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State v. McBride

Court of Appeals of Idaho

September 18, 2013

STATE OF IDAHO, Plaintiff-Respondent,
v.
STEVEN DOUGLAS MCBRIDE, Defendant-Appellant.

UNPUBLISHED OPINION

2013 Unpublished Opinion No. 667

Appeal from the District Court of the First Judicial District, State of Idaho, Kootenai County. Hon. John T. Mitchell, District Judge.

Judgment of conviction for possession of a controlled substance, affirmed.

Sara B. Thomas, State Appellate Public Defender; Shawn F. Wilkerson, Deputy Appellate Public Defender, Boise, for appellant.

Hon. Lawrence G. Wasden, Attorney General; Nicole L. Schafer, Deputy Attorney General, Boise, for respondent.

GUTIERREZ, Chief Judge

Steven Douglas McBride appeals from his judgment of conviction entered upon his conditional guilty plea to possession of a controlled substance. Specifically, he challenges the district court's denial of his motion to suppress. For the reasons set forth below, we affirm.

I.

FACTS AND PROCEDURE

McBride was driving his mother's vehicle, with Melissa Watson in the passenger seat, when they were pulled over on an interstate onramp by Lieutenant Stuart Miller of the Kootenai County Sherriff's Department (Department), who was investigating a report that McBride and Watson had been engaged in a physical altercation. Upon contacting McBride, Lieutenant Miller came to believe McBride was potentially under the influence of a controlled substance. McBride was arrested and after a competent driver could not be quickly found to remove the vehicle from the onramp, Lieutenant Miller decided to impound the vehicle. An inventory search was performed, during which Lieutenant Miller found several syringes in a purse and in a zippered stuffed animal. Subsequently, Lieutenant Miller located drugs in the vehicle.

McBride was charged with possession of methamphetamine, driving under the influence, possession of marijuana, possession of drug paraphernalia, and a habitual offender enhancement. McBride filed a motion to suppress, asserting the warrantless search of the vehicle violated his constitutional rights. Following a hearing, the district court denied the motion in a written order. Pursuant to a plea agreement, McBride entered a conditional guilty plea to misdemeanor driving under the influence, Idaho Code § 18-8004, and felony possession of a controlled substance (methamphetamine), I.C. § 37-2732(c)(1), in exchange for dismissal of the remaining charges and retaining his right to appeal the denial of his motion to suppress. The district court entered a judgment of conviction for each charge and imposed sentence. McBride now appeals the denial of his motion to suppress.

II.

ANALYSIS

McBride contends the district court erred by denying his motion to suppress because the impoundment (seizure) of his vehicle and the subsequent inventory search were unlawful. The standard of review of a suppression motion is bifurcated. When a decision on a motion to suppress is challenged, we accept the trial court's findings of fact that are supported by substantial evidence, but we freely review the application of constitutional principles to the facts as found. State v. Atkinson, 128 Idaho 559, 561, 916 P.2d 1284, 1286 (Ct. App. 1996). At a suppression hearing, the power to assess the credibility of witnesses, resolve factual conflicts, weigh evidence, and draw factual inferences is vested in the trial court. State v. Valdez-Molina, 127 Idaho 102, 106, 897 P.2d 993, 997 (1995); State v. Schevers, 132 Idaho 786, 789, 979 P.2d 659, 662 (Ct. App. 1999).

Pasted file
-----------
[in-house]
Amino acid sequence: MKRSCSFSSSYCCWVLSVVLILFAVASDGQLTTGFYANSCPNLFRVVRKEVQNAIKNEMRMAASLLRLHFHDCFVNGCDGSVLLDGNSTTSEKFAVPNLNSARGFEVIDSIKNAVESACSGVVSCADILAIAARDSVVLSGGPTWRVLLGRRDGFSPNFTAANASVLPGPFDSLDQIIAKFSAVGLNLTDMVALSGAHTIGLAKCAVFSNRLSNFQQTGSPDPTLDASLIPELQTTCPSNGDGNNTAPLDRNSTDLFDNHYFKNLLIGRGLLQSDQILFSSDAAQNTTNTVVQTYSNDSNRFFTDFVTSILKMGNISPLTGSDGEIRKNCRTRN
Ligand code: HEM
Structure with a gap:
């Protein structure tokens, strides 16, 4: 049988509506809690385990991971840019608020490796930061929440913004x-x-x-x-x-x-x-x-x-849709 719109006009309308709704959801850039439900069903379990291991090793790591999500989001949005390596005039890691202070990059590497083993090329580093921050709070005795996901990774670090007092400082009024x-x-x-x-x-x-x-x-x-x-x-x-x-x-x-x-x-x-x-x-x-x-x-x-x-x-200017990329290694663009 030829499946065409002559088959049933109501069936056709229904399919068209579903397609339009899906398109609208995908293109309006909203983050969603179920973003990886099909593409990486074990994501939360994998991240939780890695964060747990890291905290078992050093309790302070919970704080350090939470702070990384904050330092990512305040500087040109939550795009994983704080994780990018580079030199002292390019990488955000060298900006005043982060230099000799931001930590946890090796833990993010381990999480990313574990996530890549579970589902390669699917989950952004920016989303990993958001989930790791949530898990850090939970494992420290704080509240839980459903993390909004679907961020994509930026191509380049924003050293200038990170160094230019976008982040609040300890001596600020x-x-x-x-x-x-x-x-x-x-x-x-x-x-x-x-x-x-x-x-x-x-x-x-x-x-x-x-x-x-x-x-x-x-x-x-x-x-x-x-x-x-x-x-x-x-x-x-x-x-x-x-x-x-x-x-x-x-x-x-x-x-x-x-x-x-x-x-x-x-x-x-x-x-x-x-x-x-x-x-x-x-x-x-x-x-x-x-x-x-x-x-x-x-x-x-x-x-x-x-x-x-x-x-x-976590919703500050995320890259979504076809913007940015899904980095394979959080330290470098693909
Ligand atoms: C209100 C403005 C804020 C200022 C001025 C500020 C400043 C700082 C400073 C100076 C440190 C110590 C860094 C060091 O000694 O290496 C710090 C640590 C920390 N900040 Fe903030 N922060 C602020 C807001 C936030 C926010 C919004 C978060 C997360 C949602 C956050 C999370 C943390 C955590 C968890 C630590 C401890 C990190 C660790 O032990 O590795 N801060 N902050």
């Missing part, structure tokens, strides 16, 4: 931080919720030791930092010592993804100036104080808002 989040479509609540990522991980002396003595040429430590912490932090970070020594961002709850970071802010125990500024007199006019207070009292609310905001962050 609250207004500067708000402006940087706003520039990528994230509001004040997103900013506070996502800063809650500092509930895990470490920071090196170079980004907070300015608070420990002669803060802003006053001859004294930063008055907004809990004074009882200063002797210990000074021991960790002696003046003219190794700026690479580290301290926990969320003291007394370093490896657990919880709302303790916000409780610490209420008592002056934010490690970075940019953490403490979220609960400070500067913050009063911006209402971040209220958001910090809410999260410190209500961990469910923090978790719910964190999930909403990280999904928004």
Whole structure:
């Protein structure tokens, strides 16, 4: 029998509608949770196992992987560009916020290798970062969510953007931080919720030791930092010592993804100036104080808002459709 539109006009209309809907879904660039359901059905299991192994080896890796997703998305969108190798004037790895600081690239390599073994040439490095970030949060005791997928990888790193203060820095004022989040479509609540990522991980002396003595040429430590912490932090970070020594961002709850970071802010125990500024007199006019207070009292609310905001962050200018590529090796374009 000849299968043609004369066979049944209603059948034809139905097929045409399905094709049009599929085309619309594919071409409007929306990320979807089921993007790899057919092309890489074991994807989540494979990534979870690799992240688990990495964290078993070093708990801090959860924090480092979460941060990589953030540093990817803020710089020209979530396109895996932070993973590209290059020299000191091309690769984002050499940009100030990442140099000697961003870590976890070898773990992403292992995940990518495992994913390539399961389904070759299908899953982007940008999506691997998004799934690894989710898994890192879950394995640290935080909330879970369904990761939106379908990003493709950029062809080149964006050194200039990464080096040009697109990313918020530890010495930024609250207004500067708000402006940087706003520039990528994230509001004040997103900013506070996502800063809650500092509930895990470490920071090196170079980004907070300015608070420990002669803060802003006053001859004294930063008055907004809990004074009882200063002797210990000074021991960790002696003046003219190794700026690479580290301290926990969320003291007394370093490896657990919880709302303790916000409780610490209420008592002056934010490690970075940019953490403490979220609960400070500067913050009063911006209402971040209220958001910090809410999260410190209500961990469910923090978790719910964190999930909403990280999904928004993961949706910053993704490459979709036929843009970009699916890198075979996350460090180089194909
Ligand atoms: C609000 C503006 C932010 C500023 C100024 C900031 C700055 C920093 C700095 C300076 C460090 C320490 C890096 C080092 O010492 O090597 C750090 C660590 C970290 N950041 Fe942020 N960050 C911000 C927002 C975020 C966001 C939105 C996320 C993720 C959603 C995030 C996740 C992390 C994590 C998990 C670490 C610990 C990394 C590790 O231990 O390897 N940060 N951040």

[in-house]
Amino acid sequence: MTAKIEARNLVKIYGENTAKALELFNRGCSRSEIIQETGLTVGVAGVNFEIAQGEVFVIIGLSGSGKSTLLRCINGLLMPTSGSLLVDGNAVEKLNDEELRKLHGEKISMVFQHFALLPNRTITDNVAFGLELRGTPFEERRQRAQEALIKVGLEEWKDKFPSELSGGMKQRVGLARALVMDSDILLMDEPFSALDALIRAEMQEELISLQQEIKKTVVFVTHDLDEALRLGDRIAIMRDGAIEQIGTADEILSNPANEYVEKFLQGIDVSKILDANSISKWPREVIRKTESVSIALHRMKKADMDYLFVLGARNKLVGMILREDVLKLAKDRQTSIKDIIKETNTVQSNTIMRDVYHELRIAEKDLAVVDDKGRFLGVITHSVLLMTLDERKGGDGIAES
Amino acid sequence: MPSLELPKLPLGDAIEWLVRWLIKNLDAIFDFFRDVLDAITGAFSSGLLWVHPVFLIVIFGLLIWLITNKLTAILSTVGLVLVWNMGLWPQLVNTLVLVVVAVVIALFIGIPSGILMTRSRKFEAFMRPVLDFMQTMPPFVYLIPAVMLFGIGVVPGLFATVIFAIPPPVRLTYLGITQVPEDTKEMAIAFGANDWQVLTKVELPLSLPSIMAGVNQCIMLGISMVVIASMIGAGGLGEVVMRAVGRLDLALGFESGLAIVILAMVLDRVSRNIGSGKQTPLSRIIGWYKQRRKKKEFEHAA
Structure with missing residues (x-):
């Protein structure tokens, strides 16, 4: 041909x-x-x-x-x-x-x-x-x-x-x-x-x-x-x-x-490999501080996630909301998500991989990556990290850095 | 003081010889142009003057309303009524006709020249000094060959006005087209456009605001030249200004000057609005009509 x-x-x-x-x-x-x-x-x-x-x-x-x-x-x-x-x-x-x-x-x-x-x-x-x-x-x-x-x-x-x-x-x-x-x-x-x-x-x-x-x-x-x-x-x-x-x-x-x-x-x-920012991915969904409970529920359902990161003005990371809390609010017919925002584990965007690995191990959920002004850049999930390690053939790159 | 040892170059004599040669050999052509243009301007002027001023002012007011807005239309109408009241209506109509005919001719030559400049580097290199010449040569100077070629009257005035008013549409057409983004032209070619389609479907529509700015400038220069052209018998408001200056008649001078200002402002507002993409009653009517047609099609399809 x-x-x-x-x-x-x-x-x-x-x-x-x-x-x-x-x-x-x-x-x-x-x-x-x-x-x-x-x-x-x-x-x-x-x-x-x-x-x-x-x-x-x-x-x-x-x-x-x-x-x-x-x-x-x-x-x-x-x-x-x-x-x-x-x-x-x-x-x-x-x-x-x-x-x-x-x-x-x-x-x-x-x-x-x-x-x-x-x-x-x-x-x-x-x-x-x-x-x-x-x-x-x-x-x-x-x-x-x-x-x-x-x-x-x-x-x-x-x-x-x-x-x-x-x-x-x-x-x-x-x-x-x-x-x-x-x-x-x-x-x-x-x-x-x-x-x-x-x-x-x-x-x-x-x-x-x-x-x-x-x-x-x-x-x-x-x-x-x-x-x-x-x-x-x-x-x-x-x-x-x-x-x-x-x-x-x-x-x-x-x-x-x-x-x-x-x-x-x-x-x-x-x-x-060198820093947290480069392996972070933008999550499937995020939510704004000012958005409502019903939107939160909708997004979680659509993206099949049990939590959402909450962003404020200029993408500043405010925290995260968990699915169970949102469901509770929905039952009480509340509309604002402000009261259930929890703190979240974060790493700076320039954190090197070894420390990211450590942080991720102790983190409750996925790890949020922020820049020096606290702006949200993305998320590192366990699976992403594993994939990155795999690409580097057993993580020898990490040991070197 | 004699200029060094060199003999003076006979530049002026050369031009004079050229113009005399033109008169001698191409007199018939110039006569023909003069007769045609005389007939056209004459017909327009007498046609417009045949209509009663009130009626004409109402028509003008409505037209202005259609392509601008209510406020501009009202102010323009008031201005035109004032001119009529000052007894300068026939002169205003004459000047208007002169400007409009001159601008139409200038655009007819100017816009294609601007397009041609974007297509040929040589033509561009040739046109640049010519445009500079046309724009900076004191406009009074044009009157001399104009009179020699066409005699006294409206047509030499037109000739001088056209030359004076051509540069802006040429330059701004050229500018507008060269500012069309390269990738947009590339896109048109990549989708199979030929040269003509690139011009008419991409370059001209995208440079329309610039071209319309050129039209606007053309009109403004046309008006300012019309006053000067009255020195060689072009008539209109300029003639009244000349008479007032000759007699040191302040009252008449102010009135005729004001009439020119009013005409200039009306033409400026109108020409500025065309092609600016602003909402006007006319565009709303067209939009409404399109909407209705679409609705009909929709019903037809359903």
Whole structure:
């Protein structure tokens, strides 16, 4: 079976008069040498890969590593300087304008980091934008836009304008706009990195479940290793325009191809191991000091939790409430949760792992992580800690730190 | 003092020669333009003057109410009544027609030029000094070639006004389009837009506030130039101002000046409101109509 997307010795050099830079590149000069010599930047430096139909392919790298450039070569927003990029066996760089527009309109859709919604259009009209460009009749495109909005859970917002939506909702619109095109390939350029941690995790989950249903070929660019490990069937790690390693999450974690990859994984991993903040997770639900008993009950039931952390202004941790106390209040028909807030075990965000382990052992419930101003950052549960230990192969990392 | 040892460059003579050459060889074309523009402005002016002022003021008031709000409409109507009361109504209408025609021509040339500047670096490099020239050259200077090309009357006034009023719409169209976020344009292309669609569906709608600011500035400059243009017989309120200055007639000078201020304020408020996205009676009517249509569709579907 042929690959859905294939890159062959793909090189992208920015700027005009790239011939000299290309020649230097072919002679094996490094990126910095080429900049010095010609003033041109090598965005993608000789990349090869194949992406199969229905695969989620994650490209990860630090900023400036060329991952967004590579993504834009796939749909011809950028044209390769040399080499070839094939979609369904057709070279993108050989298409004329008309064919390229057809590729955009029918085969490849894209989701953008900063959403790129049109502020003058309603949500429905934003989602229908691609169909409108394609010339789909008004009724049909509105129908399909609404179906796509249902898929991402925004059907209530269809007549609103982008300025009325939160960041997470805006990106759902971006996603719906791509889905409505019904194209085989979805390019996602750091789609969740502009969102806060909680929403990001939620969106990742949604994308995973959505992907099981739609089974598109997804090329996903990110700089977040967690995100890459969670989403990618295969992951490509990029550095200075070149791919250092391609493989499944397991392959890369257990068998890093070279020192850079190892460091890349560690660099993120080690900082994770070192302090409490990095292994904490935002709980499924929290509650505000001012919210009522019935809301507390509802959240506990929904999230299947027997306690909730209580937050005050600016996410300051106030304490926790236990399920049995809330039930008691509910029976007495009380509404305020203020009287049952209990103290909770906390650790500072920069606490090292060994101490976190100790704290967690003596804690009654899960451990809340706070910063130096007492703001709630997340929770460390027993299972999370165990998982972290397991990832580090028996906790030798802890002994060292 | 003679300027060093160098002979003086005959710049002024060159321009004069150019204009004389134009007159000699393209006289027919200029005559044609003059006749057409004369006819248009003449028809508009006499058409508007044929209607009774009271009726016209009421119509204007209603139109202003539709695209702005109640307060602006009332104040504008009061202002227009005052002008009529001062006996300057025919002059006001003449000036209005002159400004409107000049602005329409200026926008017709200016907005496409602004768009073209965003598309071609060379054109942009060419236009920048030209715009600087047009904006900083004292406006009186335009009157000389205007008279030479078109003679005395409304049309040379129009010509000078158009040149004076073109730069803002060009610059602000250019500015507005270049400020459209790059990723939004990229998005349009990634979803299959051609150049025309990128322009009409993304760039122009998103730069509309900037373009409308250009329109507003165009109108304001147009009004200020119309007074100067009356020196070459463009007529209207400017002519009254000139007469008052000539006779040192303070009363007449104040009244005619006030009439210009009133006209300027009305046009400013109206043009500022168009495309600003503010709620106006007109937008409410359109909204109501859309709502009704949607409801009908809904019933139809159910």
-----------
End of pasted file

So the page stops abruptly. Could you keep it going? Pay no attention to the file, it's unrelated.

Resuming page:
The Fourth Amendment to the United States Constitution prohibits unreasonable searches and seizures. Warrantless searches are presumed to be unreasonable and therefore violative of the Fourth Amendment. State v. Weaver, 127 Idaho 288, 290, 900 P.2d 196, 198 (1995); State v. Stewart, 152 Idaho 868, 869, 276 P.3d 740, 741 (Ct. App. 2012). The State may overcome this presumption by demonstrating that a warrantless search either fell within a well-recognized exception to the warrant requirement or was otherwise reasonable under the circumstances. Weaver, 127 Idaho at 290, 900 P.2d at 198; Stewart, 152 Idaho at 869, 276 P.3d at 741. Ultimately, the standard set forth in the Fourth Amendment is reasonableness. Cady v. Dombrowski, 413 U.S. 433, 439 (1973); Stewart, 152 Idaho at 869-70, 276 P.3d at 741-42.

Inventory searches are a well-recognized exception to the warrant requirement of the Fourth Amendment. Colorado v. Bertine, 479 U.S. 367, 371 (1987); Illinois v. Lafayette, 462 U.S. 640, 643 (1983); Stewart, 152 Idaho at 870, 276 P.3d at 742; State v. Owen, 143 Idaho 274, 277, 141 P.3d 1143, 1146 (Ct. App. 2006). The legitimate purposes of inventory searches are: (1) the protection of the owner's property while it remains in police custody; (2) the protection of the State against false claims of lost or stolen property; and (3) the protection of police from potential danger. South Dakota v. Opperman, 428 U.S. 364, 369-70 (1976); Stewart, 152 Idaho at 870, 276 P.3d at 742. However, an inventory search must not be a ruse for general rummaging in order to locate incriminating evidence. Florida v. Wells, 495 U.S. 1, 4 (1990). Inventory searches, when conducted in compliance with standard and established police ...


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